For those seeking help with their mental health, this is a cost not only for them but also for anyone who accompanies them because it takes them away from any sort of economic activity.  When you add in the cost of treatment as well, it becomes an almost impossible burden for many families – and that’s where Jamie’s Fund makes a difference.  By encouraging hospitals to go TO the patient we are able to remove many of the costs for the family and have enabled the changing of many lives.

A well loaded bike

As I labour up the next interminable hill, I think of the people taking their bananas to market to earn a few shillings.  I’ve used a picture  of some of these people on my fundraising page partly because it shows bicycles in Uganda but more because it reminds me that whatever pain I’m going through they have to do this day in and day out.  Cycling is not a leisure activity but an essential means to sustain life.

 

And then, reaching the top of the hill and levelling out for a few hundred yards I fall into a reverie until a loud “PLOP” on the road in front of me wakes me abruptly and my heart pounds.  My initial reaction is that a very large bird has just passed over, but I then realise that it’s a squirrel that has fallen out of a tree – no doubt itself woken by the sound of my laboured breathing!  And then I’m further startled as the squirrel scuttles back up the tree. Again, I’m reminded of the contrast between the UK and Uganda.  Here, in our relatively rich country, we have many small animals, some beautiful birds and even large animals like deer – but it’s nothing compared to Uganda.  While Uganda has little wealth and many people live on the edge, the country itself is rich in wildlife although much is endangered: beautiful birds, amazing butterflies and of course some incredible large animals, elephant, hippo, zebra, lion and my favourite, gorillas.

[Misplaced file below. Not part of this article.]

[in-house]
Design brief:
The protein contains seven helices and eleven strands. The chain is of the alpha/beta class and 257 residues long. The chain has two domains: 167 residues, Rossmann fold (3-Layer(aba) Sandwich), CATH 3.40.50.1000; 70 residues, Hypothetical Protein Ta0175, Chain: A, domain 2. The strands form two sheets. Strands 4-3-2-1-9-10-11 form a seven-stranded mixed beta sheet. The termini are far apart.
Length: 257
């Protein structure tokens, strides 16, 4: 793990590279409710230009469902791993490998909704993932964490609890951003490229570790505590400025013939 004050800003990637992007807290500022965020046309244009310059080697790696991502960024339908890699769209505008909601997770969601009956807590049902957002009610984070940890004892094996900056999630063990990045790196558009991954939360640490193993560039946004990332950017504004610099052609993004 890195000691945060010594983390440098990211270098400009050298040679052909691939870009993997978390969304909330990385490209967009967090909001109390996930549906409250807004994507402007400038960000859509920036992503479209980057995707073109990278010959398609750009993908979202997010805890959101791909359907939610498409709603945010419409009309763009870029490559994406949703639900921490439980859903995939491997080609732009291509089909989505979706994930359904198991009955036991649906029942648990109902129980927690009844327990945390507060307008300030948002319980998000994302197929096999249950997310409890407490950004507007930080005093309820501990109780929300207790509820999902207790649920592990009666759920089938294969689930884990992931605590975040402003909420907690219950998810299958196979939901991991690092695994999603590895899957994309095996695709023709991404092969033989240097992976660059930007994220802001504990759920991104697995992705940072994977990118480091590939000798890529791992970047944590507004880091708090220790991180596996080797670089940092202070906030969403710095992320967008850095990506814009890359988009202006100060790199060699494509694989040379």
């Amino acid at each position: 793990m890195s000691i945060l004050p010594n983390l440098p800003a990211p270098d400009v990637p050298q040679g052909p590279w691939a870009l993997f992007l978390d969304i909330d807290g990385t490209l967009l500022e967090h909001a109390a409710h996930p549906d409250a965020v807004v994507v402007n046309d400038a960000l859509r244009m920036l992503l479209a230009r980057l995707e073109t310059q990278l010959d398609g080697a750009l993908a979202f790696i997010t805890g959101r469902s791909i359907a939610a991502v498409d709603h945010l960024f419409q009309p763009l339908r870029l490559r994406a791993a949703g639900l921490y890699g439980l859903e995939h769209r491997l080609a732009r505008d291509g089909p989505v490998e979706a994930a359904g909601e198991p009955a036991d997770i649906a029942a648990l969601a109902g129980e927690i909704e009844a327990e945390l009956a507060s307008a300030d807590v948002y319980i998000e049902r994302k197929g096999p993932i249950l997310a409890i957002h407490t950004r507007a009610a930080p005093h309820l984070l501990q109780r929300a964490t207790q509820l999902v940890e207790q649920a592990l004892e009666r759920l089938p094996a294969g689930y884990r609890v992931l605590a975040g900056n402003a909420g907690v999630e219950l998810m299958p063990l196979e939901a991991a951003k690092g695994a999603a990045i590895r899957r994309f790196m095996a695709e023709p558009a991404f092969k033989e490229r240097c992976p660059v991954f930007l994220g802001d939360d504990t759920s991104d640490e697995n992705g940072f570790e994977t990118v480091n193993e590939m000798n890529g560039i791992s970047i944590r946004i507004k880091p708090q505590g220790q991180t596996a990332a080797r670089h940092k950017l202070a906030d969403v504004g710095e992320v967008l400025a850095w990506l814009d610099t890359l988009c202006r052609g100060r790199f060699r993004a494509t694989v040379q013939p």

And that only makes me reflect on encounters with some wonderful people I’ve met, ill with mental health issues and often speaking languages I can’t understand.  In contrast to them, I have everything I need (and more), live in relative comfort, have access to health services and supermarkets, have many more than one change of clothes, have cash in my pocket and a car on the drive (as well as a bicycle in the garage). But as we exchange glances and perhaps communicate through one of the nurses, it is another special moment as our common humanity comes through: Yes, we a separated by geography, language and material wealth but we are both human and that makes us very much the same and I’m pleased that everyone who has been involved with Jamie’s Fund over nearly ten years has made a difference to the lives of other people in an often forgotten corner of the world.